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The fall of a California city: Stockton may file for bankruptcy

Cars drive through downtown Stockton, Calif.
Cars drive through downtown Stockton, Calif.
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The financial meltdown facing Stockton, California may sink to new depths this week. Today, city officials will announce whether to file for municipal bankruptcy or seek a mediation process to resolve the city's mounting debts. Mike Fitzgerald, a columnist for the local paper The Stockton Record, joins the show to discuss the city's future.

Several years ago, Stockton was booming. The population soared as it drew people from the Bay Area. Building projects multiplied and revenues rose. But with the collapse of the housing market in 2008, Stockton's growth was sharply checked. The recession hit and was made worse by over-extension in redevelopment projects.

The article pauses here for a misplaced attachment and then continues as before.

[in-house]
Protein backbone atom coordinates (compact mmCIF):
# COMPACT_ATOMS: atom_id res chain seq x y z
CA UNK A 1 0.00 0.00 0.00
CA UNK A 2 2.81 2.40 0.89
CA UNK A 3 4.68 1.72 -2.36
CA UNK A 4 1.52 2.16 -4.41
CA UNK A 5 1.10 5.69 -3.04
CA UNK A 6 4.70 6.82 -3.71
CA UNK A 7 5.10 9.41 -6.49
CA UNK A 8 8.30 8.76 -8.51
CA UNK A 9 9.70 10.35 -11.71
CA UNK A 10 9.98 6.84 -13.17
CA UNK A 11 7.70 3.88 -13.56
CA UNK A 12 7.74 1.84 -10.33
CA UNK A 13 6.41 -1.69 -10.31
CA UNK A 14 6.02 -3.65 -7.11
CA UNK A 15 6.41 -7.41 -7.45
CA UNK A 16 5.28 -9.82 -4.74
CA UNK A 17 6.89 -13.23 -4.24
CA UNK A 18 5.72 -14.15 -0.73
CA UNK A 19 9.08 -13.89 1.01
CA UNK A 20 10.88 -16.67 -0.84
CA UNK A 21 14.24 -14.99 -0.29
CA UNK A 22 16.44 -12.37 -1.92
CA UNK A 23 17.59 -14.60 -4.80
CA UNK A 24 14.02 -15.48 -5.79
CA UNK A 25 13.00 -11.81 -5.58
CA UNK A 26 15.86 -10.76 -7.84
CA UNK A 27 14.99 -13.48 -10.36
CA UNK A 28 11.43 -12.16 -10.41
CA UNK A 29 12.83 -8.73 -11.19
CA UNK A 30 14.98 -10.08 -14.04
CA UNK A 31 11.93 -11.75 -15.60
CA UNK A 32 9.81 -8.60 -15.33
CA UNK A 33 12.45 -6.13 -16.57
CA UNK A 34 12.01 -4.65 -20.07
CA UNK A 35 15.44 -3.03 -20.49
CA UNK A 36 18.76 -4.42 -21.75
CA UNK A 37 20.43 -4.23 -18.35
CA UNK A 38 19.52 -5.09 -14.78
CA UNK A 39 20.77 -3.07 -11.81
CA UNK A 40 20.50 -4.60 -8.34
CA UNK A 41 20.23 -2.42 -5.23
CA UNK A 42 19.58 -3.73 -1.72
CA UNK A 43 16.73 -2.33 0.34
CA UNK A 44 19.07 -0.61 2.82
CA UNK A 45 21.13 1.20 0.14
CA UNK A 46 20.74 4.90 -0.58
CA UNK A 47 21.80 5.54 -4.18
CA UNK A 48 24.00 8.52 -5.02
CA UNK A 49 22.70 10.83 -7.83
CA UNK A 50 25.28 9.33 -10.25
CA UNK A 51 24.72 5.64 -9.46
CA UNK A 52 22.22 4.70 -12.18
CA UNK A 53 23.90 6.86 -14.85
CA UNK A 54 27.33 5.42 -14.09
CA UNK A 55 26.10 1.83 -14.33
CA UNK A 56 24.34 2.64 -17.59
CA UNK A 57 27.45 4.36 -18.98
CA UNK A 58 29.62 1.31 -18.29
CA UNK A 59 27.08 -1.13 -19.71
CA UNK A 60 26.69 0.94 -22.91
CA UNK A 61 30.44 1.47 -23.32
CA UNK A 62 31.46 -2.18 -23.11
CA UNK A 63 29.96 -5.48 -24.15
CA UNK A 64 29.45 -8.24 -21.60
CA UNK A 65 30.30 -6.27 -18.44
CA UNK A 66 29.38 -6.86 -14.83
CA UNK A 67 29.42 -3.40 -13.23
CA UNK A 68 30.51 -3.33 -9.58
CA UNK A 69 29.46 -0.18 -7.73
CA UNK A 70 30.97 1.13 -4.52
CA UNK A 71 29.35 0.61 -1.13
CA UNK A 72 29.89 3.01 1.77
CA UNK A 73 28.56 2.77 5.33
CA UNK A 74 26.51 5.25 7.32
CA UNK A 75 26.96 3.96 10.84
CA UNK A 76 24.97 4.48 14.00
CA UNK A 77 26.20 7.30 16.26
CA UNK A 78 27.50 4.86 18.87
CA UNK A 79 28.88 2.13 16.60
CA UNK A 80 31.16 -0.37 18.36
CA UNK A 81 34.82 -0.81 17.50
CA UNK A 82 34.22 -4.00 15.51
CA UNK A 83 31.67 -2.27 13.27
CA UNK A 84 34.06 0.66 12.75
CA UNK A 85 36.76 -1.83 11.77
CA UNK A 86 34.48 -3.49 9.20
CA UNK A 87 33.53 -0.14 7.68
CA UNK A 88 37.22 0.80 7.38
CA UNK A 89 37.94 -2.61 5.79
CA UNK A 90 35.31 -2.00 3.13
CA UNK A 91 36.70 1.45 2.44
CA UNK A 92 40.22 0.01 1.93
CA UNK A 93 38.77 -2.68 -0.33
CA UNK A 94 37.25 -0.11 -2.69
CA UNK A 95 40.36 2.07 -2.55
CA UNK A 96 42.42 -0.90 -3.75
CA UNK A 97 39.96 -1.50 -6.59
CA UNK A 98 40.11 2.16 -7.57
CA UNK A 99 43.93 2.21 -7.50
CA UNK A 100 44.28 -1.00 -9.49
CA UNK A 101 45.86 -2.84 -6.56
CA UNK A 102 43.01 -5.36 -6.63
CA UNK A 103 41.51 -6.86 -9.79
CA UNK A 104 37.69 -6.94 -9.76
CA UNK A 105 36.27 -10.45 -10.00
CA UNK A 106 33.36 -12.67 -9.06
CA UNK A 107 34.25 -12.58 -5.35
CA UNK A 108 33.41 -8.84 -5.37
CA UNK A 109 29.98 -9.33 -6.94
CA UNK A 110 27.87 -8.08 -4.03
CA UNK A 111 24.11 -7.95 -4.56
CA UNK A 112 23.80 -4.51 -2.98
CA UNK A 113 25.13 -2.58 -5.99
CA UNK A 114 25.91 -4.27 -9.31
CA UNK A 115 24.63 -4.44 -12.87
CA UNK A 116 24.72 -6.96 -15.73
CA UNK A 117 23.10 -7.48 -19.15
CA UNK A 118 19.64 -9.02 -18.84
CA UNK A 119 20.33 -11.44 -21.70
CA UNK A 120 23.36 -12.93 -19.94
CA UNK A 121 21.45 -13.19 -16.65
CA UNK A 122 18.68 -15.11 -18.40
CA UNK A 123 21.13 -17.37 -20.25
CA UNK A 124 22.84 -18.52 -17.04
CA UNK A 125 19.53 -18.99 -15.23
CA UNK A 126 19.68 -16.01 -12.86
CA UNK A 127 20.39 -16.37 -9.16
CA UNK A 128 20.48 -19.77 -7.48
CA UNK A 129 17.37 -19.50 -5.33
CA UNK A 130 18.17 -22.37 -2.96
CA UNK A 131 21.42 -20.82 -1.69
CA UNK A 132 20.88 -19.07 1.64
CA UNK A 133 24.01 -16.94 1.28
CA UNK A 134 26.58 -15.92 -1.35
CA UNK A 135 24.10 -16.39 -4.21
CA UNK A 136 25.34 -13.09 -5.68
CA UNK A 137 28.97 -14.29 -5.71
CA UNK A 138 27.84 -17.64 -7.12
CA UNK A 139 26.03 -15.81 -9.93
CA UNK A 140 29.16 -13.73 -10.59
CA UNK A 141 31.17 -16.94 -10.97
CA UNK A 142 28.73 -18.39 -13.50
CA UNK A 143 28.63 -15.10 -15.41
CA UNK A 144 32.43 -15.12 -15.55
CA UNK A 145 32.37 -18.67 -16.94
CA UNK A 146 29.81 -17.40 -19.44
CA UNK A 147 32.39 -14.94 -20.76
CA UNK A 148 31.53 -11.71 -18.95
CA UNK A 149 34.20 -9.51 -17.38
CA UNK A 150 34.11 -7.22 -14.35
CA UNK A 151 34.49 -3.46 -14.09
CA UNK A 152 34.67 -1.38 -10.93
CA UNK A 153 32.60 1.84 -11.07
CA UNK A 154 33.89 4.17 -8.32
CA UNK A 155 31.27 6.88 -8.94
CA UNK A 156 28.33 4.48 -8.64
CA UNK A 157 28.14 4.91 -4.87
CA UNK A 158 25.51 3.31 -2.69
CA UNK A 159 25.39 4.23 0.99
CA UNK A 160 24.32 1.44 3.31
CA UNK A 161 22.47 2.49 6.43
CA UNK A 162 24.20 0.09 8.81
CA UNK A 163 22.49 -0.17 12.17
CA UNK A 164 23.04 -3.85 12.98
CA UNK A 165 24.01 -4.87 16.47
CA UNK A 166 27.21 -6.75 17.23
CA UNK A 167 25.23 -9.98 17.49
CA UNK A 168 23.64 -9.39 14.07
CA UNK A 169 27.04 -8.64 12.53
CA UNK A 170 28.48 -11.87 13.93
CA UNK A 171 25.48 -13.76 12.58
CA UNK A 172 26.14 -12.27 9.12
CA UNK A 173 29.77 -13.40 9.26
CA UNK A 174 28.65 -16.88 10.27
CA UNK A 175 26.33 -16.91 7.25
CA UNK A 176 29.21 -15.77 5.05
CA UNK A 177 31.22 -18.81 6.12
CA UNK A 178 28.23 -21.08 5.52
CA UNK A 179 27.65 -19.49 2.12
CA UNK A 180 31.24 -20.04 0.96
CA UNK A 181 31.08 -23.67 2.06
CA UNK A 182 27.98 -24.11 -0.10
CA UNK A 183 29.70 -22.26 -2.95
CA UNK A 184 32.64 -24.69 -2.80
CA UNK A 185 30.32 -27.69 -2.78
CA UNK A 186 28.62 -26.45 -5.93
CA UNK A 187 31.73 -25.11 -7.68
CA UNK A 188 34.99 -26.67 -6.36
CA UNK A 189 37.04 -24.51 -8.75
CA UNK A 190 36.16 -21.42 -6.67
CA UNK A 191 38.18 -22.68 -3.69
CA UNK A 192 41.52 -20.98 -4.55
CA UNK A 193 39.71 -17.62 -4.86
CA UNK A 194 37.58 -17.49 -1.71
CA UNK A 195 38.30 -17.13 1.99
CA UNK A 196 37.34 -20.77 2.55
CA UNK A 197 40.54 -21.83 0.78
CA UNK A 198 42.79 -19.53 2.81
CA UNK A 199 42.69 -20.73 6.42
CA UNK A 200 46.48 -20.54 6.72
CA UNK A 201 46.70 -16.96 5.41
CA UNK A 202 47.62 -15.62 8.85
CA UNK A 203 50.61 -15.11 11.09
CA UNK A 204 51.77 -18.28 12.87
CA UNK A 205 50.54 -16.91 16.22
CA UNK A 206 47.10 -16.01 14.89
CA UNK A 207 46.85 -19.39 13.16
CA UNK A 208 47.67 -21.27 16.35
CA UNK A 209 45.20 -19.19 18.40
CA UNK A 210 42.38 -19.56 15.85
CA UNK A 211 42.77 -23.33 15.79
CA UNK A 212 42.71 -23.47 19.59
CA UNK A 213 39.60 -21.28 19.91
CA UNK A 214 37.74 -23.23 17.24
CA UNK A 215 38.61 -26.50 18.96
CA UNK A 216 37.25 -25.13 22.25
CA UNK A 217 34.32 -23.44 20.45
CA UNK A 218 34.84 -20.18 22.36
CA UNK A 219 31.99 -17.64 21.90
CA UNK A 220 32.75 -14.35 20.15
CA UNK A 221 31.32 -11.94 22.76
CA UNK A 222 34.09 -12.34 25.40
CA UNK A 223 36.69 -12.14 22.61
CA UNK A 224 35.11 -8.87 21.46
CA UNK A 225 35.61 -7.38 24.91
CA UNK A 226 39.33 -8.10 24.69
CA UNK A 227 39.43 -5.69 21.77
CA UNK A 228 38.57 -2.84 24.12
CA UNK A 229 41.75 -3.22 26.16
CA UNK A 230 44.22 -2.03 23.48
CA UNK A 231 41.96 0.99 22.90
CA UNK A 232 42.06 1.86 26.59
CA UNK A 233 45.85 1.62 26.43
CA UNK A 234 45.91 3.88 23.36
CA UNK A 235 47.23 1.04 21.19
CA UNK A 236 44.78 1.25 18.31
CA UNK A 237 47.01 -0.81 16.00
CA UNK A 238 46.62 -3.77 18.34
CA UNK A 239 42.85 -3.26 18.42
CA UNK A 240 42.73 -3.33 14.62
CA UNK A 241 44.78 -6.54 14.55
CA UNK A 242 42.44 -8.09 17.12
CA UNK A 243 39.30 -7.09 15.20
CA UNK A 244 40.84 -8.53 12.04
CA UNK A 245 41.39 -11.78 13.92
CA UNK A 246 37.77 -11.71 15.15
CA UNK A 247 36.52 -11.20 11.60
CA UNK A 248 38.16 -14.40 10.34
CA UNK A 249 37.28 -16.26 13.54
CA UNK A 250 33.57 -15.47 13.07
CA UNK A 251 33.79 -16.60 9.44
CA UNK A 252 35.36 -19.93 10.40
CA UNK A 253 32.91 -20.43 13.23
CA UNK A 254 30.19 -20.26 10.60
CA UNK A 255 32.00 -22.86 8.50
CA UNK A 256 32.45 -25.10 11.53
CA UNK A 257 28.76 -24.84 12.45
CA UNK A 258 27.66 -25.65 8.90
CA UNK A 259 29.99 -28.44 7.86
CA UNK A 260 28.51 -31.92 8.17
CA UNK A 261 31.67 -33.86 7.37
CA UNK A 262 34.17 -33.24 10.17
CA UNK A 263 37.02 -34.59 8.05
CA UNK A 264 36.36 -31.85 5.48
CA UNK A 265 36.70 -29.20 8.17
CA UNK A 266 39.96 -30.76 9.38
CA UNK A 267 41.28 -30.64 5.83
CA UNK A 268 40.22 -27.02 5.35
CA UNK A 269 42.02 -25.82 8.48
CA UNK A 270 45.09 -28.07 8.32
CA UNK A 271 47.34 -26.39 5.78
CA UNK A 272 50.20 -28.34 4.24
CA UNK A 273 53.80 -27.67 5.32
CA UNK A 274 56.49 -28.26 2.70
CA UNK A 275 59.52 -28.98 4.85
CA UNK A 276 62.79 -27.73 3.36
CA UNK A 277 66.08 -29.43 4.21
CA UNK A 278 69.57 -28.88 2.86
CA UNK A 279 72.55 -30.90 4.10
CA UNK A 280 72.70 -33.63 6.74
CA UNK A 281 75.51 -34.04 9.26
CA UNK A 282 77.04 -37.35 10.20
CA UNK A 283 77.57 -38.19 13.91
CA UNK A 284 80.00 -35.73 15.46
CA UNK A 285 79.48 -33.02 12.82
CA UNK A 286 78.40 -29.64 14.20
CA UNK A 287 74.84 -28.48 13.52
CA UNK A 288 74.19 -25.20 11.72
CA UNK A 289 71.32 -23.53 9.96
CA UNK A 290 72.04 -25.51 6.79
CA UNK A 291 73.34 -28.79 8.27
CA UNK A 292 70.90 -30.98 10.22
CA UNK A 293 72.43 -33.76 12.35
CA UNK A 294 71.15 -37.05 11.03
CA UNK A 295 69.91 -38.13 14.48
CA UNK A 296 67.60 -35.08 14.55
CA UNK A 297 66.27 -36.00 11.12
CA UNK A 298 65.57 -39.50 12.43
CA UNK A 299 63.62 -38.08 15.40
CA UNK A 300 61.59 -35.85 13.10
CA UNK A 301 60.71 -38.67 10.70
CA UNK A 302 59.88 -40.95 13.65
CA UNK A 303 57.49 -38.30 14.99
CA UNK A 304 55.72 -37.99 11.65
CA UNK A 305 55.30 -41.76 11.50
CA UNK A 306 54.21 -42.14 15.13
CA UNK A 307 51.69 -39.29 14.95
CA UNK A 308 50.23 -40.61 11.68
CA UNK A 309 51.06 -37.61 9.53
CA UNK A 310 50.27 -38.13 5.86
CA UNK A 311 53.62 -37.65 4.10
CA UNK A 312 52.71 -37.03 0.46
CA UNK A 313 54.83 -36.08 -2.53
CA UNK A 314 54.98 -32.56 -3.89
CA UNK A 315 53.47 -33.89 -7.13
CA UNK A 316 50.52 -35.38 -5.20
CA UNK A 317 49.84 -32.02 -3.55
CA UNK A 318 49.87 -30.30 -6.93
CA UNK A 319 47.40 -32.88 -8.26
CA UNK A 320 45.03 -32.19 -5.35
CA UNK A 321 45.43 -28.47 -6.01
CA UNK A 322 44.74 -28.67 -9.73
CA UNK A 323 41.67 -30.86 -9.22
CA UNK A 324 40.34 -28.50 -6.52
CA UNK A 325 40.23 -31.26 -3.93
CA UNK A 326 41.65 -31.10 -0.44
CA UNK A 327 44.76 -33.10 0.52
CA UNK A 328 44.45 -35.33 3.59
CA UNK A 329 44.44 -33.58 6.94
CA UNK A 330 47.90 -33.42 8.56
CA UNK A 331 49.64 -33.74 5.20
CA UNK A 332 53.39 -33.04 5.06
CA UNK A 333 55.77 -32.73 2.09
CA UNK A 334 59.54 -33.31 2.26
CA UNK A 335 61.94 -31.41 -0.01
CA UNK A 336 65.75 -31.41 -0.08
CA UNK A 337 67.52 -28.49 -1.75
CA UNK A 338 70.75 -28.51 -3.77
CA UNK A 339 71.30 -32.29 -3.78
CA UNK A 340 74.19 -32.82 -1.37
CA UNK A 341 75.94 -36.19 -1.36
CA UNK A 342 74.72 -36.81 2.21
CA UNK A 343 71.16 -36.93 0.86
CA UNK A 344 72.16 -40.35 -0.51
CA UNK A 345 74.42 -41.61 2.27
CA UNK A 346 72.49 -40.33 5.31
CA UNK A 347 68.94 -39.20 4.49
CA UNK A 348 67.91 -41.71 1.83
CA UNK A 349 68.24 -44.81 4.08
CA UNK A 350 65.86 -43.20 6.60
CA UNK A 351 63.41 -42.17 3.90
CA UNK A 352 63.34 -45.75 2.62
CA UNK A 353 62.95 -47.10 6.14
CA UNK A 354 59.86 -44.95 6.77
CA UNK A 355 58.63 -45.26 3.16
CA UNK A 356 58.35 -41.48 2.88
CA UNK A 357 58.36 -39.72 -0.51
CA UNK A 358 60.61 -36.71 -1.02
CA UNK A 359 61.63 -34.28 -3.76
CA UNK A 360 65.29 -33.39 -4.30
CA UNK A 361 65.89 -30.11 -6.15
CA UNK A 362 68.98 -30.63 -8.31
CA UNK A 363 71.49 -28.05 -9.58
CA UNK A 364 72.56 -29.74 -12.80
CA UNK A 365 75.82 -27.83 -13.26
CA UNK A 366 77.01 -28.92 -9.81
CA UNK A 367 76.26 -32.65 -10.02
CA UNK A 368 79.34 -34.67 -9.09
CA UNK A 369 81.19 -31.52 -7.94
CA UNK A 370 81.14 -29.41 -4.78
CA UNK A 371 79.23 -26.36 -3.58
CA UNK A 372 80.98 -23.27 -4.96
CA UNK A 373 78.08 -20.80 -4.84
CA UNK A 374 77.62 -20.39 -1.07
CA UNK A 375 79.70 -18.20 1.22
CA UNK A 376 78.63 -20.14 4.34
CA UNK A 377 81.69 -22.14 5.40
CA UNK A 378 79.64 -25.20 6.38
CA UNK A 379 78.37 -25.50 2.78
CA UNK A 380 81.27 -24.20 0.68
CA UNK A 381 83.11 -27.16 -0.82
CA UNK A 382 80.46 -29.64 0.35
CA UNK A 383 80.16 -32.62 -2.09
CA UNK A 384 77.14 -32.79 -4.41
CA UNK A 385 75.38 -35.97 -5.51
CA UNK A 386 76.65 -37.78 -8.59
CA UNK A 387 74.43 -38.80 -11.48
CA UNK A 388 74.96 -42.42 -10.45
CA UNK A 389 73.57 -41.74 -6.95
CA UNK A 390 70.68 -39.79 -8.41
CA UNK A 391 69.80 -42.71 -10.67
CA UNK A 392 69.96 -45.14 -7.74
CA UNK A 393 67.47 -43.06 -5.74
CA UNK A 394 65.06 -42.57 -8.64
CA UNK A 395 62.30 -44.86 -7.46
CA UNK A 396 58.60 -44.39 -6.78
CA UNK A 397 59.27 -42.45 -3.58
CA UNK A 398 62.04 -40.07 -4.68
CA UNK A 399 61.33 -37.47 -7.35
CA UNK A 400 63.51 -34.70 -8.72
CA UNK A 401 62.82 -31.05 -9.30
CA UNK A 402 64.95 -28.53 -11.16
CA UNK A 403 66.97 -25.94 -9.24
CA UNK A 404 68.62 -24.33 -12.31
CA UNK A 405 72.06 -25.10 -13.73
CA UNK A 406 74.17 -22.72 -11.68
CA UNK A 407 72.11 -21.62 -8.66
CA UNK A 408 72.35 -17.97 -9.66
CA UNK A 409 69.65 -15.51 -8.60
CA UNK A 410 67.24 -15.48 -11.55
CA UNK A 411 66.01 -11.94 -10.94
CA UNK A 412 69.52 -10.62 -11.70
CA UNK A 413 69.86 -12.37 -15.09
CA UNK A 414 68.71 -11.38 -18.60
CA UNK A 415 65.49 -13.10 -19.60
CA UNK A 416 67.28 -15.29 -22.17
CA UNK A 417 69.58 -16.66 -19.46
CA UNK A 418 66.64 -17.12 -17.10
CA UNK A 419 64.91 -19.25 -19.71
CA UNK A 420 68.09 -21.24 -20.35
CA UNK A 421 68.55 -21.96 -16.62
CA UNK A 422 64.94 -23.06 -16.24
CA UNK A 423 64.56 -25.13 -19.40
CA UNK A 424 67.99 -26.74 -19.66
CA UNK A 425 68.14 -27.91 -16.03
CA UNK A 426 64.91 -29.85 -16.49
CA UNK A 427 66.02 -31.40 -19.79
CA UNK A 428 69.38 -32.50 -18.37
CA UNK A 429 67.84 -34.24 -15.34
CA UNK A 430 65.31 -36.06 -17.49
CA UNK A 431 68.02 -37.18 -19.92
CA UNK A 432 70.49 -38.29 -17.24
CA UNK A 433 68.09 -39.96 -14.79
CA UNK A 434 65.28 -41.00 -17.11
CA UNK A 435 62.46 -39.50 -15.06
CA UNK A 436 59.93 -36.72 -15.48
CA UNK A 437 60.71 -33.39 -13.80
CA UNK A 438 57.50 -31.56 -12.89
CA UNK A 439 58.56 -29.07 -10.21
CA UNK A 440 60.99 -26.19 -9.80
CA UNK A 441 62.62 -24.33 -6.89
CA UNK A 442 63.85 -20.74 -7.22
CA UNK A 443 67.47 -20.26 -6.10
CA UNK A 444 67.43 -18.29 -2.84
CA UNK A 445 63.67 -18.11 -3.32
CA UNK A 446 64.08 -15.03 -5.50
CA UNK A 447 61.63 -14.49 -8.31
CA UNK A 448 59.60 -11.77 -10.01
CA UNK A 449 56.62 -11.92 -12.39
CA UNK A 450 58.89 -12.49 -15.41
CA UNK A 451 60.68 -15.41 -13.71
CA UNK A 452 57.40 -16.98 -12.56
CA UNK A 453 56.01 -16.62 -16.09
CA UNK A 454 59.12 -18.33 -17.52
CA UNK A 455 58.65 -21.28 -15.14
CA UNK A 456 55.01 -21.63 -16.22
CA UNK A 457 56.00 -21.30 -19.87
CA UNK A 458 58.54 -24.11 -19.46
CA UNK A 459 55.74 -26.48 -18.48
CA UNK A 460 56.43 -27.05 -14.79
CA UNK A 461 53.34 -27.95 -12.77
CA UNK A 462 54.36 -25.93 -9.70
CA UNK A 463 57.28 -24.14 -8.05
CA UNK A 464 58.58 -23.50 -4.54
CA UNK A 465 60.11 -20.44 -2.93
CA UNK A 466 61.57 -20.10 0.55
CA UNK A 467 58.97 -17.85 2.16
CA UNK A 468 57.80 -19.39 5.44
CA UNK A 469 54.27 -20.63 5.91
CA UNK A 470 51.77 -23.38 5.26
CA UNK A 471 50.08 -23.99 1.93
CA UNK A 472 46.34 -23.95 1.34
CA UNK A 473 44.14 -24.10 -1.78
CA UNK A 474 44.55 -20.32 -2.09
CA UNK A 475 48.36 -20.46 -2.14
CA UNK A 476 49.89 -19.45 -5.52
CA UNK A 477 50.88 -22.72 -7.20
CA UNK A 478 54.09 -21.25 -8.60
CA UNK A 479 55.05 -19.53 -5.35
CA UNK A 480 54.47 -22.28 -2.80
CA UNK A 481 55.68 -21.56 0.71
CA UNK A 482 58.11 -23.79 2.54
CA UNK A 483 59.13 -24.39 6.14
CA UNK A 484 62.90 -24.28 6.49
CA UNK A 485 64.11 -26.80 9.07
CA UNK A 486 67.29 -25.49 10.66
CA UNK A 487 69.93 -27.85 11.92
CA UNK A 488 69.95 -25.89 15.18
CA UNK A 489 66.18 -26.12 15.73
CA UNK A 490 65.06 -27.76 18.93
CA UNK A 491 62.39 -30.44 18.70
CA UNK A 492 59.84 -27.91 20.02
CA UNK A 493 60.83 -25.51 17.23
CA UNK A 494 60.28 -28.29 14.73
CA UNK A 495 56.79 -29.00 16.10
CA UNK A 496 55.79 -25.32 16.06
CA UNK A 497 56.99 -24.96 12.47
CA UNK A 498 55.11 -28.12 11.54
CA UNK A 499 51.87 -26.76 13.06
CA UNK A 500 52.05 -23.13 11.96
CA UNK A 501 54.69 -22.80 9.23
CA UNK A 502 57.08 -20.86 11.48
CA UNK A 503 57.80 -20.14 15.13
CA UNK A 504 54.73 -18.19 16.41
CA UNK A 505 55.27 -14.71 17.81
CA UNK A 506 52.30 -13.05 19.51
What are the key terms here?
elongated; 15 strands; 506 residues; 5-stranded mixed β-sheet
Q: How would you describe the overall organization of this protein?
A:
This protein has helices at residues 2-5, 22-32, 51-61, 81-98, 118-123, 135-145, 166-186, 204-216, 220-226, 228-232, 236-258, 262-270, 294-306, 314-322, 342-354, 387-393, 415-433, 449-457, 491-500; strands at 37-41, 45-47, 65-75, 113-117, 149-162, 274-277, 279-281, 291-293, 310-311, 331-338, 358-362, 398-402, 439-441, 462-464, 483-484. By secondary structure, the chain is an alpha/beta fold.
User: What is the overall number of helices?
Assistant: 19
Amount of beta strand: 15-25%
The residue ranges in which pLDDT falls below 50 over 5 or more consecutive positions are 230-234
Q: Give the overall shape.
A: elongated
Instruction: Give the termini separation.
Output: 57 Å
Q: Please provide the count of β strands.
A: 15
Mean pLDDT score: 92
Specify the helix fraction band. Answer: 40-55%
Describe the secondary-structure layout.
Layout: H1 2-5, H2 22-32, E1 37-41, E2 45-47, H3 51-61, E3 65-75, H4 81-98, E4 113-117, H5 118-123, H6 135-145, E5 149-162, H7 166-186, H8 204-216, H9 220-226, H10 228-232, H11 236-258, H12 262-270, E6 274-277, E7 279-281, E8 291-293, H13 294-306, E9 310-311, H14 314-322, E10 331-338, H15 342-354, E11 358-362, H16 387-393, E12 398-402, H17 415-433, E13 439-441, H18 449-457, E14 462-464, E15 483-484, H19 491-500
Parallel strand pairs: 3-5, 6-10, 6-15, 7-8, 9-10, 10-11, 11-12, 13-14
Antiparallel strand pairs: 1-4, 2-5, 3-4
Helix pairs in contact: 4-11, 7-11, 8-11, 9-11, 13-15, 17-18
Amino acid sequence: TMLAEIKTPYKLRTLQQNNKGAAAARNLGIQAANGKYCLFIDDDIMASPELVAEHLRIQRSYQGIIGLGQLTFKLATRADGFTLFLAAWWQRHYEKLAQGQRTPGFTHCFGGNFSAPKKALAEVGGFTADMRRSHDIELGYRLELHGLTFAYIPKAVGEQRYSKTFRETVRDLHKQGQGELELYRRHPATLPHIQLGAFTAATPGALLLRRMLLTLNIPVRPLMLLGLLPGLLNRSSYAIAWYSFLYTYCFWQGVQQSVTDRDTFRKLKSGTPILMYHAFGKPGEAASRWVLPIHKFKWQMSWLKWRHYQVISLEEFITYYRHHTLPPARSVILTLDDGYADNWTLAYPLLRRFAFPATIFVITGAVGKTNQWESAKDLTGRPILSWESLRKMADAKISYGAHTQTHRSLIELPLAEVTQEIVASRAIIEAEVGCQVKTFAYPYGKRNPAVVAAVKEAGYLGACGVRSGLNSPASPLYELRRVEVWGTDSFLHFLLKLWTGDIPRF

City politicians have yet to find workable solutions to the financial crisis. They remain embroiled in a divisive law suit with the city's police force. A fiscal report is due out Feb. 29 and many in Stockton fear the worst.

Vallejo, Calif., which filed Chapter 9 bankruptcy in 2008, looms large in discussions of Stockton's future. As Fitzgerald says, "It stigmatizes the city, realtors have to tell you...the negative declaration that you're going to be buying a house in a bankrupt city, businesses don't want to relocate there... " And like Vallejo, Stockton may face increased crime if the city continues its decline.


Mike Fitzgerald is a columnist for the local paper The Stockton Record.